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Gfs2 vs xfs vs ext4


 
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Special Forums Hardware Filesystems, Disks and Memory Gfs2 vs xfs vs ext4
# 8  
Old 11-19-2009
Quote:
Originally Posted by king_hippo
1. What type of storage are you using.
Penguin x8dtn, 24 1tb disks
Can find anything about this setup. Do you have specs/a link ?

Quote:
2. What type of disks
sata
Definitely not optimal for the amount of files or the access patterns you describe.

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3. If using a controller based array, what you optimized for sequential or random operation.
Sounds like it should be random optimized, but depends on the array or RAID controller and its capabilities whether or not this a selectable.

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4. Will you mirror on-host or using hardware RAID
controller based raid 10. six disks per raid set

Seems like a reasonable choice.


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4. What is your storage block size.
Quote:
64k
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5. What is the average size of your writes
Quote:
dunno, guess is a few meg. No more than 16m. These are email attachments
That is the size of the objects not the size of the writes. iostats for the file systems would be good here.

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6. What is the breakdown of reads/writes
not sure
This might be essential information, depends on the pattern, but caching correctly might improve performance drastically.

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9. How many files per directory do you have ( files includes sub-directories) in the largest directory.
Quote:
millions
This is in all probability your main bottleneck, more file systems or directories with fewer files could improve this.
# 9  
Old 11-19-2009
I was told they did have it turned on. Basically at the time we started this layout we were the largest email system in the world (still are I think). The only we we had to handle the i/o load we were getting was small files and basically deep random directories. reiser was the only file system that could handle it. Red Hat assigned about 5 engineers to work with us and couldn't get ext close. They built us a custom gf2 after numerous attempts. It is now in the public release, I forget which ver.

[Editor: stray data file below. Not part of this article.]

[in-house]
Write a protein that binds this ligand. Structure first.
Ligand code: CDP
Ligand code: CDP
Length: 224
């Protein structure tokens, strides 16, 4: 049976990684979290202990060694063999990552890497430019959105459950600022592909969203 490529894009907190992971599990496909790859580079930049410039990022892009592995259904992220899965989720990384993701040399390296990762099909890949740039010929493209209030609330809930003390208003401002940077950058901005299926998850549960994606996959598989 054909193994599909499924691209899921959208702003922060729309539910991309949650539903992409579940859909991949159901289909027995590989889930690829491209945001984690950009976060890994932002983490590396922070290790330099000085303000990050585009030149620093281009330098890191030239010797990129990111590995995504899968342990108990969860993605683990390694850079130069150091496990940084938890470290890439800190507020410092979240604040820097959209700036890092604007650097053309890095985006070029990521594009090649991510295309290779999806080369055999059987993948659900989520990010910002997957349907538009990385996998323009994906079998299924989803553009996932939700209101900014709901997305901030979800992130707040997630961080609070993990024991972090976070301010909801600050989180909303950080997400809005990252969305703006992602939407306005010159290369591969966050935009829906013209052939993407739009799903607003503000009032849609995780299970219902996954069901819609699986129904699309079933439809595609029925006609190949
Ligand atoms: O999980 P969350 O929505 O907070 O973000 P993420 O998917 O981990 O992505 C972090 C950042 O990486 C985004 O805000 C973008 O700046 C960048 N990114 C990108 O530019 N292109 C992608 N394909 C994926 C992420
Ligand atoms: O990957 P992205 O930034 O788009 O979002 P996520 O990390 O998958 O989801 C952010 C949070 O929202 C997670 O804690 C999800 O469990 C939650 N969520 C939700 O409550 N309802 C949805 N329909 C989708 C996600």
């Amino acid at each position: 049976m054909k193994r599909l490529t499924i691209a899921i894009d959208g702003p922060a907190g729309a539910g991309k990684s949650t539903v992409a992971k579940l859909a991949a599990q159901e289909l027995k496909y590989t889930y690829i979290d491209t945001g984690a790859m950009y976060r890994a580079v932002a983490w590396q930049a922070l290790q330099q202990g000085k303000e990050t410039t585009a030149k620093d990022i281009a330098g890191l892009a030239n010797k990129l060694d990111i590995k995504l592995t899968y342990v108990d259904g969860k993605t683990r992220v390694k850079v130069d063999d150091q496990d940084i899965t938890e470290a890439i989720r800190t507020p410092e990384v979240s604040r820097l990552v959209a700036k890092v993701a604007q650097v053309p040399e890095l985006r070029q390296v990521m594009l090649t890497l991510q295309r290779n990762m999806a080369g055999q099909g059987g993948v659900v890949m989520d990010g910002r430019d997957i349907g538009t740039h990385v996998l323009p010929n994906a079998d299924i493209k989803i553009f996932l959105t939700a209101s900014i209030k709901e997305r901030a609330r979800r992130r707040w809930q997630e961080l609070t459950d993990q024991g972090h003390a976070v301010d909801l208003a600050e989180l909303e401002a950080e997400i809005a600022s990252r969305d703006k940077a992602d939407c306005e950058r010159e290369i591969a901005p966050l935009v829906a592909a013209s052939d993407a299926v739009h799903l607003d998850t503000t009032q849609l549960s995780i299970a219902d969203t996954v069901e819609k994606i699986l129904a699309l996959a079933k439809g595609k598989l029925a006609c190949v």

# 10  
Old 11-20-2009
Quote:
Originally Posted by king_hippo
I was told they did have it turned on.
We've been screaming at you to tune it for days... If it was tuned in the first place, you might have said so! We're only trying to help you here.

If ext3 isn't fast enough for you, I don't think ext4 is going to be either. But performance in whatever filesystem you choose could be improved a lot by not having millions of files in one directory.
# 11  
Old 11-21-2009
You may want to think about some sort of higher end LVM/filesystem configuration.

Simply changing filesystems without putting extra intelligence and disk I/O bandwidth between the OS and directory access is not going to help much.
# 12  
Old 11-23-2009
Quote:
Originally Posted by jim mcnamara
You may want to think about some sort of higher end LVM/filesystem configuration.

Simply changing filesystems without putting extra intelligence and disk I/O bandwidth between the OS and directory access is not going to help much.
I don't think the OP has posted any hard numbers on the I/O performance he is getting, nor exact specifics of his RAID setup (connection type, RAID blocksize, etc.) Without all that it's hard to solve his problem.
# 13  
Old 11-30-2009
Quote:
Originally Posted by jim mcnamara
You may want to think about some sort of higher end LVM/filesystem configuration.

Simply changing filesystems without putting extra intelligence and disk I/O bandwidth between the OS and directory access is not going to help much.
Can you point me to a resource that I can read more about high level filesystem config or putting extra intelligence and disk I/O bandwidth between the OS and directory access?

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